While the modifications to the Collective Bargaining Agreement are relatively minor, there are lots of them. For now, here are the ones that might be of most immediate interest as far as the subject matter of the Newberg Report is concerned:

Draft pick compensation survives, contrary to what many reputable baseball writers reported over the last week. But there are changes: The loss of a Type B player now results in sandwich pick compensation but no forfeiture of a pick by the signing team. Type A’s still net two picks (one forfeited by the signing club, and one sandwich pick). The Type C classification no longer exists.

Beginning in 2007, the top 20 percent of players at each position will be classified as Type A’s, and next 20 percent will be Type B’s. That’s a change from 30 percent and (Type A) the next 20 percent (Type B).

This helps the Rangers in a big way. Gary Matthews Jr., Carlos Lee, Vicente Padilla, and Mark DeRosa are sure to get arbitration offers from Texas, and I would expect each will be a Type A (with the possible exception of DeRosa, but let’s see how the still applicable 30 percent provision classifies him), meaning a potential windfall of picks in the first two rounds in the case of those players who sign elsewhere. Adam Eaton and Rod Barajas are tougher calls, both in terms of classification and the Rangers’ interest in offering arb.

Also, the standard December 7, December 19, and January 8 deadlines for offering and accepting arbitration to free agents and for those free agents to re-sign with their previous club have evidently been eliminated, as has the May 1 date before which free agents who rejected arbitration were once prohibited from re-signing with their previous clubs.

That’s another set of provisions that I suspect will be more easily understood and explained once I get the chance to see the exact language.

The period of time before a player must be added to a 40-man roster for purposes of Rule 5 Draft protection has been changed from three or four years from the player’s first minor league season to four or five years from year of signing.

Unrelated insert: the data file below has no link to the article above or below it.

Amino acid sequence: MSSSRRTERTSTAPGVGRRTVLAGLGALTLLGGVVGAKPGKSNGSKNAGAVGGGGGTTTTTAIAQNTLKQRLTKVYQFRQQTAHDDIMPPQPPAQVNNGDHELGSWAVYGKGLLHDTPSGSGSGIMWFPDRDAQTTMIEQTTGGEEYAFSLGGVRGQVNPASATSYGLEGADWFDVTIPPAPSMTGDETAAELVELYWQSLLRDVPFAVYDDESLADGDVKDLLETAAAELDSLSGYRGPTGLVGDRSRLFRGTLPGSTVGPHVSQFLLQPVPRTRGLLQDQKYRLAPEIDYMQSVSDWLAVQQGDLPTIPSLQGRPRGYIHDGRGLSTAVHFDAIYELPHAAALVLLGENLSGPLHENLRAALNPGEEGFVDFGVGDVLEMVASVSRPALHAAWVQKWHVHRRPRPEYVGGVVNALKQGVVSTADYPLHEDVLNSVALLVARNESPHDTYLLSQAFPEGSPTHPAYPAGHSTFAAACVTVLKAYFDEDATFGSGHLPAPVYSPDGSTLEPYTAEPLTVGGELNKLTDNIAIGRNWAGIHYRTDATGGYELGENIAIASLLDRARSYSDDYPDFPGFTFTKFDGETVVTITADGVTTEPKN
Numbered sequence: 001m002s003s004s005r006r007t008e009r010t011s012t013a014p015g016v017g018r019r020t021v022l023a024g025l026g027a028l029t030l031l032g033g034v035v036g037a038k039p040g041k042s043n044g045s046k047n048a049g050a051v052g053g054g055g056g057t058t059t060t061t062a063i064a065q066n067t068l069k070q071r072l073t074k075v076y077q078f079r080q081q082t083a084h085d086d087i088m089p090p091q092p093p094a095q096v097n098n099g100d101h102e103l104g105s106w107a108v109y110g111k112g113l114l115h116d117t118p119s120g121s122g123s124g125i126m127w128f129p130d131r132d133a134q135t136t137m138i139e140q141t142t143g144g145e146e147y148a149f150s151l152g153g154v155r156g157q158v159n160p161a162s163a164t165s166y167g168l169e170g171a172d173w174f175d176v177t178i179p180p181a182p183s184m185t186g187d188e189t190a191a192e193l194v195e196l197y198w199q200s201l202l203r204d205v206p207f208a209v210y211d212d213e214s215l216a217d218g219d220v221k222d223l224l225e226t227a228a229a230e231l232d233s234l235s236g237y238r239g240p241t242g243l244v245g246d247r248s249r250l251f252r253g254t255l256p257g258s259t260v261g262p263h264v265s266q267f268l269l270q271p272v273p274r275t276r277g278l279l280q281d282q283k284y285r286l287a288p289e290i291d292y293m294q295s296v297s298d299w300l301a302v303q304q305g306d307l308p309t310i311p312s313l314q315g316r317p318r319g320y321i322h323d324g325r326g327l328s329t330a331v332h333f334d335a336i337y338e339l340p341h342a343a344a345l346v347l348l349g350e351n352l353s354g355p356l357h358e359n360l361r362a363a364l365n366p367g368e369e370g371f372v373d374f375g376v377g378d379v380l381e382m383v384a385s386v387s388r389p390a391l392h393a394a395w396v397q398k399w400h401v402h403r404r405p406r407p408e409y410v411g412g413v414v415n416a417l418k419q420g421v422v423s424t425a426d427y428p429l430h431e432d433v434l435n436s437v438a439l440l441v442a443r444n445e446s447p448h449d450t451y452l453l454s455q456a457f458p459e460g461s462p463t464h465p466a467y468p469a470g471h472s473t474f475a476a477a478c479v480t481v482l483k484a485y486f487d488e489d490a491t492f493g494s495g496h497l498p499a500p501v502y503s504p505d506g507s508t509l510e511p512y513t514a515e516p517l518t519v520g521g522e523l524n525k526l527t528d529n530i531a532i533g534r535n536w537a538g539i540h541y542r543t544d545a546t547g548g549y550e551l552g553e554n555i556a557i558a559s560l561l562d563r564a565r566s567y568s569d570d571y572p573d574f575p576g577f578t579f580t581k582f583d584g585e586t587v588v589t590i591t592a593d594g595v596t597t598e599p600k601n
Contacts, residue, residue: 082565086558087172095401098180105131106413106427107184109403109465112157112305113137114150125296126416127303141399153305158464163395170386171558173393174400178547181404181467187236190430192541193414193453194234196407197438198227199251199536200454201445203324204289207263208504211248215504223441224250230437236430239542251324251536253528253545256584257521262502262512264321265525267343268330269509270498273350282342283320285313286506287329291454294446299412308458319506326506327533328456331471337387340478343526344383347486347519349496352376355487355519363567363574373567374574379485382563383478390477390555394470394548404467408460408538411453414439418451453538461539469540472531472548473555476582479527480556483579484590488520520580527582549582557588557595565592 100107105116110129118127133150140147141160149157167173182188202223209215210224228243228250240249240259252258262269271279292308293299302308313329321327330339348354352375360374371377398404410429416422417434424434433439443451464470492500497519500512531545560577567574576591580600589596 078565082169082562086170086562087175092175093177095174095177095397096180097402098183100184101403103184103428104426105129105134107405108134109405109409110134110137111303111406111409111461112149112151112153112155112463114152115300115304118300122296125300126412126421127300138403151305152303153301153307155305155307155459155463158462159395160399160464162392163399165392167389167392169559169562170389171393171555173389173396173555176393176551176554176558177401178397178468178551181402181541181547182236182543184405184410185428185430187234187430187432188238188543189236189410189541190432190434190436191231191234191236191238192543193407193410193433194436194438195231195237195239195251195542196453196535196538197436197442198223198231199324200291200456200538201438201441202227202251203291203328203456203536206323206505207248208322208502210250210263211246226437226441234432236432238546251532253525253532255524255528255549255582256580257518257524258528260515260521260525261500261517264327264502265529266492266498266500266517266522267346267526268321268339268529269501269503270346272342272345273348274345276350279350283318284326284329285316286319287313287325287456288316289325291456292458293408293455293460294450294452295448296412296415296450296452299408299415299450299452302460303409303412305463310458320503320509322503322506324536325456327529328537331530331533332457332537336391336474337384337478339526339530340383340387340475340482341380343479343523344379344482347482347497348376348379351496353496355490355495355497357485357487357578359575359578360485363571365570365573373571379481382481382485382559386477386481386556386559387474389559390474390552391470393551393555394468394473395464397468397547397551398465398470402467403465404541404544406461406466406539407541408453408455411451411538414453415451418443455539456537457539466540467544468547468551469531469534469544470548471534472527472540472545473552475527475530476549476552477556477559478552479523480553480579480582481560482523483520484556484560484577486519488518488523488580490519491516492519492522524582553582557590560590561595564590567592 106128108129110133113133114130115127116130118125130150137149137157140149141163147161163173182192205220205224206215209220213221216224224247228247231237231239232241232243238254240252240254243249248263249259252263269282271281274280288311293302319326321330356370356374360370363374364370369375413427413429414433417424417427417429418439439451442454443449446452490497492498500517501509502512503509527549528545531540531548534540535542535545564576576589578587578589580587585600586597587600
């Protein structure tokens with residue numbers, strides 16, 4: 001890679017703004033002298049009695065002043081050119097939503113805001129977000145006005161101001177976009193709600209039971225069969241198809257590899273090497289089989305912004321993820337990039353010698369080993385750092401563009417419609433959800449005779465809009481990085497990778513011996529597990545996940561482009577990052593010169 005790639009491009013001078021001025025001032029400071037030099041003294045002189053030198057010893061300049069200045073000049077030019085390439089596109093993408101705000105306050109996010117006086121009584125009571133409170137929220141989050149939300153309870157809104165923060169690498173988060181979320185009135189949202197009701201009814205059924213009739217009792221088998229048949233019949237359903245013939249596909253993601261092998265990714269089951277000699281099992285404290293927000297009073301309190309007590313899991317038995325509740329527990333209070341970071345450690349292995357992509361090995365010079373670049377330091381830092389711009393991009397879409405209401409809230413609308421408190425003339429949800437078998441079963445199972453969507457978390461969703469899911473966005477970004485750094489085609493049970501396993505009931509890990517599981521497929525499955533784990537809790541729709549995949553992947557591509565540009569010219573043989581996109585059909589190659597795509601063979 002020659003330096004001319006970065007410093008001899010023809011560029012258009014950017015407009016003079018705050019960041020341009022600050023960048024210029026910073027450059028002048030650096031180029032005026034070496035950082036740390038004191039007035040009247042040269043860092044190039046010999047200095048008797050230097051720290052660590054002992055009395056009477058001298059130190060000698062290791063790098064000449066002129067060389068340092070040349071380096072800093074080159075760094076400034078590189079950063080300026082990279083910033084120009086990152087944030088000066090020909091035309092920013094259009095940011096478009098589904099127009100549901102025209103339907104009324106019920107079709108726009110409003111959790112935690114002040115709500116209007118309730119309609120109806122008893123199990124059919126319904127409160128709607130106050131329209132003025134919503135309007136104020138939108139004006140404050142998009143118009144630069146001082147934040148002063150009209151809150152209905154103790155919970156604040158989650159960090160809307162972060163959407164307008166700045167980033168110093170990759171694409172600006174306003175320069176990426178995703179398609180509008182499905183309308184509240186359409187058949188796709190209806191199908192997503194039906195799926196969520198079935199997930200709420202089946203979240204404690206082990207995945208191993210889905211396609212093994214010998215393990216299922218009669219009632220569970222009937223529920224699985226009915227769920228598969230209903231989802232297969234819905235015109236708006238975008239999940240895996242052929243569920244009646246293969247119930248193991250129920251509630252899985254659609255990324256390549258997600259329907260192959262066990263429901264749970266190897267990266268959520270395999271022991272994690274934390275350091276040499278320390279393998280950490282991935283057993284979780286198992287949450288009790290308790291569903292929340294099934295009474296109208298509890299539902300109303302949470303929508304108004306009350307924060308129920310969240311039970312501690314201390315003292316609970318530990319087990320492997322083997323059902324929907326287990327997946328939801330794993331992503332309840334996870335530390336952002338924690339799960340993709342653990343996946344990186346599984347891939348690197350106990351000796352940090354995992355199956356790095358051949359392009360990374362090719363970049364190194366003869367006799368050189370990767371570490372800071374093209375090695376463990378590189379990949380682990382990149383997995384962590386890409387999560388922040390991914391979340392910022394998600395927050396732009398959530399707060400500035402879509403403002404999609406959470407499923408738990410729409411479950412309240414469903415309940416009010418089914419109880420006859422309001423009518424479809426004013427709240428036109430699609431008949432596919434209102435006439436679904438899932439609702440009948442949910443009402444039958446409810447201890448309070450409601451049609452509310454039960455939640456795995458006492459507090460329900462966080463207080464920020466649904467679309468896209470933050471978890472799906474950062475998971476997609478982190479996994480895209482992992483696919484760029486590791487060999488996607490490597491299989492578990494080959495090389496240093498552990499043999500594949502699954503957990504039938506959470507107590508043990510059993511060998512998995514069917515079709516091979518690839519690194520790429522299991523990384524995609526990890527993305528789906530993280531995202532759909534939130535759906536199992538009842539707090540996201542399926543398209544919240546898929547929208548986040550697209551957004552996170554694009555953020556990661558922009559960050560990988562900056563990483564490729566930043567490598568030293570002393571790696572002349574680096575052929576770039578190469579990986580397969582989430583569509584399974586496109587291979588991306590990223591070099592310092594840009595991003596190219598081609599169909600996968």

Until I see the CBA language, I can’t say for sure, but it sounds as if this means the crop of prospects I discussed this morning — John Danks, Thomas Diamond, and Ben Harrison chief among them — won’t actually need to be added to the roster next month after all. It doesn’t delay their timetable for arrival in the big leagues, but it does affect when their options timetables kick in, and it also gives Texas (and every other team) more roster flexibility, especially this winter, when very few blue-chip prospects will need to be added to rosters around the league.

I can’t say for sure how it affects Emerson Frostad, who was signed in 2003 but whose initial contract was effective in 2004. According to the way the press release is worded, Frostad may still be eligible this winter. But the press release isn’t the CBA. When I get the chance to read the new provision, I’ll update you.

There will now be a signing deadline of August 15 for draft picks other than college seniors.

More details as they become available.


LOSS: Another interesting offshoot of the modified CBA — the draft-and-follow process has gone the way of the “re-entry draft” for free agents, the secondary phase of the amateur draft, and New Coke.

That note in the MLB press release tonight that noted a “signing deadline of August 15 for draft picks other than college seniors” was apparently literal — no longer will teams be able to monitor draft picks at two-year schools through an extra spring season, up until the week before the ensuing draft.

While the draft wasn’t shortened, it’s a good bet that plenty of teams won’t stick around for all 50 rounds from this point forward.

WIN: Trey Hillman’s Nippon Ham Fighters squad took Game Three of the Japan Series earlier today, giving them a 2-1 lead over Chunichi in the best-of-seven.

You can read more from Jamey Newberg at

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